2) Break Down Goals into Bite-Sized Pieces.
Let's assume one of your goals is the hiring of a key person. That step can be overwhelming, so break it down into a series of small steps that can be accomplished over a short period of time.
Broken down, the tasks seem very manageable and can be spread out over several days to ensure you don't get overwhelmed.
See the new year as an opportunity to remember why you became an entrepreneur in the first place.
3) Change Your Routine.
We all have a routine. Get to the office, check email, put out fires, make lists of things to do that don't actually make us feel like we have accomplished anything. I like to refer to routines as ruts. These are things we do every day, in the same order, day after day. No wonder we lose motivation! How can you possibly do the exact same thing everyday and stay motivated?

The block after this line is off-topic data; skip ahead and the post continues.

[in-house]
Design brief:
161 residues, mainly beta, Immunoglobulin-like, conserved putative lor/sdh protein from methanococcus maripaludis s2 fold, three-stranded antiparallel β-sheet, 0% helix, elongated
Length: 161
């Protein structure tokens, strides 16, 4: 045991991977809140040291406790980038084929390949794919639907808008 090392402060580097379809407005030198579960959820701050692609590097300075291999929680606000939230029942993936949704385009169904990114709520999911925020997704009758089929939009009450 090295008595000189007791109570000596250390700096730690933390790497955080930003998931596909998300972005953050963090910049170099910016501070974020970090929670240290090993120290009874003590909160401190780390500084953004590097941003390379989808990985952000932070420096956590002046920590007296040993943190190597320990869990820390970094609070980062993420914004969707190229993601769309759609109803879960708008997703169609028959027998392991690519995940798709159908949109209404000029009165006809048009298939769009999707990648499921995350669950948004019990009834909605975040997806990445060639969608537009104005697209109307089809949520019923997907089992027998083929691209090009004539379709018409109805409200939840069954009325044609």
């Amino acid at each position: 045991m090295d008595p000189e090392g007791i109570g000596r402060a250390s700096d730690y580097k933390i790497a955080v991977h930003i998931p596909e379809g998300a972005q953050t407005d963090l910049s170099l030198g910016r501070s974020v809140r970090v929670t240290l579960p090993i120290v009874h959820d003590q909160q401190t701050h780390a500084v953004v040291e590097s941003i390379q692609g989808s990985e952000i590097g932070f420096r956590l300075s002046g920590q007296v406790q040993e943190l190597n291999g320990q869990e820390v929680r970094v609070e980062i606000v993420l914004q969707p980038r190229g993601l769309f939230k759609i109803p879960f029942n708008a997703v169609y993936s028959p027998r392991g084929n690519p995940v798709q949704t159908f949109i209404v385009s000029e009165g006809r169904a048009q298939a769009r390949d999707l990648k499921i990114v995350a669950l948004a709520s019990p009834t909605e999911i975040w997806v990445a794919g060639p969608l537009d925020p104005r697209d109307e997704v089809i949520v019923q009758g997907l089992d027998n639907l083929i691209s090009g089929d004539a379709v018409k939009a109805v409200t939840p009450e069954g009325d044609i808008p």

Challenge yourself to do one thing differently per week. Try ignoring emails until 10 a.m. or commit to making sales calls before the office day has officially started. Wake up at 5 a.m. and exercise, take daily walk breaks. Do whatever it takes to change up your routine and stay energized and motivated.
4) Create a Vision Board.
I know it sounds hokey, but it helps and it certainly can't hurt. As an entrepreneur, I have a vision for whom I want to be and what I want to accomplish, but on certain days it's hard to see past the chaos of the roller coaster.